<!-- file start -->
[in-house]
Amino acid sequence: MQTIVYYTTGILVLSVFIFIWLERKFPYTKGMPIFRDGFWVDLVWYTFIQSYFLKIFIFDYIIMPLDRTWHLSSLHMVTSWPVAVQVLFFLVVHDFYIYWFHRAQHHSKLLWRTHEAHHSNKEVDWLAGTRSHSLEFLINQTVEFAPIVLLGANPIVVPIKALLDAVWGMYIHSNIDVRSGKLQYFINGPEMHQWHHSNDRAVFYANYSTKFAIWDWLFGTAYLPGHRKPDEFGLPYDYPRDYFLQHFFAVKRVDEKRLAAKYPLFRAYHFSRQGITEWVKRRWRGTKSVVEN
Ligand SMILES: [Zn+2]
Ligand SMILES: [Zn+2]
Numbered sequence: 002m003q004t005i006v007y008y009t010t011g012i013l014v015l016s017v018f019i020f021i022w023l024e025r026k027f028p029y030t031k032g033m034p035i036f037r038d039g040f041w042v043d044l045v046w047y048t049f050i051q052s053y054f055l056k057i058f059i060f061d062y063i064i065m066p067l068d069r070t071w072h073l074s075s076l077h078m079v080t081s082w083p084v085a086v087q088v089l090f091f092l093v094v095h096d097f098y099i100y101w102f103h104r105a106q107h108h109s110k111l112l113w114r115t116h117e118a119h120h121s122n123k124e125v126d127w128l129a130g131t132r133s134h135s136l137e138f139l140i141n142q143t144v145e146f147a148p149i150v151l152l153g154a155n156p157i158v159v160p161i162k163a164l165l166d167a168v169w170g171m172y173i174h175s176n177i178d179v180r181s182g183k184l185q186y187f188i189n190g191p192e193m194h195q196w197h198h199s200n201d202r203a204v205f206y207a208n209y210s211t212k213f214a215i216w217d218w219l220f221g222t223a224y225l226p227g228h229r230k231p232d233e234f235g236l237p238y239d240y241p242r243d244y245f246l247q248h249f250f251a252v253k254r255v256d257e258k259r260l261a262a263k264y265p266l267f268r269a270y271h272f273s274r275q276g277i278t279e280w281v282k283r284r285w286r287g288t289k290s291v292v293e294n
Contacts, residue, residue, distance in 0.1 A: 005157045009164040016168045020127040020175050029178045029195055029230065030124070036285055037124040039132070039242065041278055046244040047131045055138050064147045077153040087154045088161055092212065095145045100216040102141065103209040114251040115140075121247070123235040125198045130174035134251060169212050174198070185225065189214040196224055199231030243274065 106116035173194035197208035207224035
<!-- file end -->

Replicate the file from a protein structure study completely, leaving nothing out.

[in-house]
Amino acid sequence: MQTIVYYTTGILVLSVFIFIWLERKFPYTKGMPIFRDGFWVDLVWYTFIQSYFLKIFIFDYIIMPLDRTWHLSSLHMVTSWPVAVQVLFFLVVHDFYIYWFHRAQHHSKLLWRTHEAHHSNKEVDWLAGTRSHSLEFLINQTVEFAPIVLLGANPIVVPIKALLDAVWGMYIHSNIDVRSGKLQYFINGPEMHQWHHSNDRAVFYANYSTKFAIWDWLFGTAYLPGHRKPDEFGLPYDYPRDYFLQHFFAVKRVDEKRLAAKYPLFRAYHFSRQGITEWVKRRWRGTKSVVEN
Ligand SMILES: [Zn+2]
Ligand SMILES: [Zn+2]
Numbered sequence: 002m003q004t005i006v007y008y009t010t011g012i013l014v015l016s017v018f019i020f021i022w023l024e025r026k027f028p029y030t031k032g033m034p035i036f037r038d039g040f041w042v043d044l045v046w047y048t049f050i051q052s053y054f055l056k057i058f059i060f061d062y063i064i065m066p067l068d069r070t071w072h073l074s075s076l077h078m079v080t081s082w083p084v085a086v087q088v089l090f091f092l093v094v095h096d097f098y099i100y101w102f103h104r105a106q107h108h109s110k111l112l113w114r115t116h117e118a119h120h121s122n123k124e125v126d127w128l129a130g131t132r133s134h135s136l137e138f139l140i141n142q143t144v145e146f147a148p149i150v151l152l153g154a155n156p157i158v159v160p161i162k163a164l165l166d167a168v169w170g171m172y173i174h175s176n177i178d179v180r181s182g183k184l185q186y187f188i189n190g191p192e193m194h195q196w197h198h199s200n201d202r203a204v205f206y207a208n209y210s211t212k213f214a215i216w217d218w219l220f221g222t223a224y225l226p227g228h229r230k231p232d233e234f235g236l237p238y239d240y241p242r243d244y245f246l247q248h249f250f251a252v253k254r255v256d257e258k259r260l261a262a263k264y265p266l267f268r269a270y271h272f273s274r275q276g277i278t279e280w281v282k283r284r285w286r287g288t289k290s291v292v293e294n
Contacts, residue, residue, distance in 0.1 A: 005157045009164040016168045020127040020175050029178045029195055029230065030124070036285055037124040039132070039242065041278055046244040047131045055138050064147045077153040087154045088161055092212065095145045100216040102141065103209040114251040115140075121247070123235040125198045130174035134251060169212050174198070185225065189214040196224055199231030243274065 106116035173194035197208035207224035